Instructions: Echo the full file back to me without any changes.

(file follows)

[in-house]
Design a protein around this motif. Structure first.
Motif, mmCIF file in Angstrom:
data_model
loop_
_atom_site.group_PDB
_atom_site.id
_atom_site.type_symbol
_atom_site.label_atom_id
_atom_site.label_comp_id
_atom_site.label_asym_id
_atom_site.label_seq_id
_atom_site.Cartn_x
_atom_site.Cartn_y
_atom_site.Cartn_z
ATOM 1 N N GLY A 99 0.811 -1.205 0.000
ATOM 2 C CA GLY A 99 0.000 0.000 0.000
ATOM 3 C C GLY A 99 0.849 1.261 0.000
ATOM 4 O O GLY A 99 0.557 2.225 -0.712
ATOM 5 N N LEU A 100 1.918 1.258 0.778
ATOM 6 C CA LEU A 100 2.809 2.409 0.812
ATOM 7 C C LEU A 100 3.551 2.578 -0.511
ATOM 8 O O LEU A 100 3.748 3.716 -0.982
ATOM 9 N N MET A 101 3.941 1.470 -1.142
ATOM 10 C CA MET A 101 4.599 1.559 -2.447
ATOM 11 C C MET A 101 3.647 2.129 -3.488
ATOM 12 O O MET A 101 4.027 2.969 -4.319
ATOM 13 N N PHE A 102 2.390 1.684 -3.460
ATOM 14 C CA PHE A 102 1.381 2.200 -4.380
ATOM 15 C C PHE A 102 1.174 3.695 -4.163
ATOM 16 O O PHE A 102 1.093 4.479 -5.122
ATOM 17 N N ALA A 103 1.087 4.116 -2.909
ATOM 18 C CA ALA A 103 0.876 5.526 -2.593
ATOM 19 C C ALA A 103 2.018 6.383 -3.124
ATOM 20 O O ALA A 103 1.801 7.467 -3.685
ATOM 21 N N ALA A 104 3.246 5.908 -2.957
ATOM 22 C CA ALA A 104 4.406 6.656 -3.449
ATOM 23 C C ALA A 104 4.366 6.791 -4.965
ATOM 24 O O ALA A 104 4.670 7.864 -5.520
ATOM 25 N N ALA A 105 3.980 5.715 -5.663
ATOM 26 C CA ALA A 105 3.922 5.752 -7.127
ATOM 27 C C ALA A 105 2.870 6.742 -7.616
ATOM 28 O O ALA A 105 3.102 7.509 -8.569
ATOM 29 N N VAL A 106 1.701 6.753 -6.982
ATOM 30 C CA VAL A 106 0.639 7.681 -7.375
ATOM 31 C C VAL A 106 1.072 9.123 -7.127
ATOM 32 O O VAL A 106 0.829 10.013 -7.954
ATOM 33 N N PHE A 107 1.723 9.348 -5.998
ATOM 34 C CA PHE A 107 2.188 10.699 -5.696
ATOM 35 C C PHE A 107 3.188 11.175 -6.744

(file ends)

[in-house]
Design a protein around this motif. Structure first.
Motif, mmCIF file in Angstrom:
data_model
loop_
_atom_site.group_PDB
_atom_site.id
_atom_site.type_symbol
_atom_site.label_atom_id
_atom_site.label_comp_id
_atom_site.label_asym_id
_atom_site.label_seq_id
_atom_site.Cartn_x
_atom_site.Cartn_y
_atom_site.Cartn_z
ATOM 1 N N GLY A 99 0.811 -1.205 0.000
ATOM 2 C CA GLY A 99 0.000 0.000 0.000
ATOM 3 C C GLY A 99 0.849 1.261 0.000
ATOM 4 O O GLY A 99 0.557 2.225 -0.712
ATOM 5 N N LEU A 100 1.918 1.258 0.778
ATOM 6 C CA LEU A 100 2.809 2.409 0.812
ATOM 7 C C LEU A 100 3.551 2.578 -0.511
ATOM 8 O O LEU A 100 3.748 3.716 -0.982
ATOM 9 N N MET A 101 3.941 1.470 -1.142
ATOM 10 C CA MET A 101 4.599 1.559 -2.447
ATOM 11 C C MET A 101 3.647 2.129 -3.488
ATOM 12 O O MET A 101 4.027 2.969 -4.319
ATOM 13 N N PHE A 102 2.390 1.684 -3.460
ATOM 14 C CA PHE A 102 1.381 2.200 -4.380
ATOM 15 C C PHE A 102 1.174 3.695 -4.163
ATOM 16 O O PHE A 102 1.093 4.479 -5.122
ATOM 17 N N ALA A 103 1.087 4.116 -2.909
ATOM 18 C CA ALA A 103 0.876 5.526 -2.593
ATOM 19 C C ALA A 103 2.018 6.383 -3.124
ATOM 20 O O ALA A 103 1.801 7.467 -3.685
ATOM 21 N N ALA A 104 3.246 5.908 -2.957
ATOM 22 C CA ALA A 104 4.406 6.656 -3.449
ATOM 23 C C ALA A 104 4.366 6.791 -4.965
ATOM 24 O O ALA A 104 4.670 7.864 -5.520
ATOM 25 N N ALA A 105 3.980 5.715 -5.663
ATOM 26 C CA ALA A 105 3.922 5.752 -7.127
ATOM 27 C C ALA A 105 2.870 6.742 -7.616
ATOM 28 O O ALA A 105 3.102 7.509 -8.569
ATOM 29 N N VAL A 106 1.701 6.753 -6.982
ATOM 30 C CA VAL A 106 0.639 7.681 -7.375
ATOM 31 C C VAL A 106 1.072 9.123 -7.127
ATOM 32 O O VAL A 106 0.829 10.013 -7.954
ATOM 33 N N PHE A 107 1.723 9.348 -5.998
ATOM 34 C CA PHE A 107 2.188 10.699 -5.696
ATOM 35 C C PHE A 107 3.188 11.175 -6.744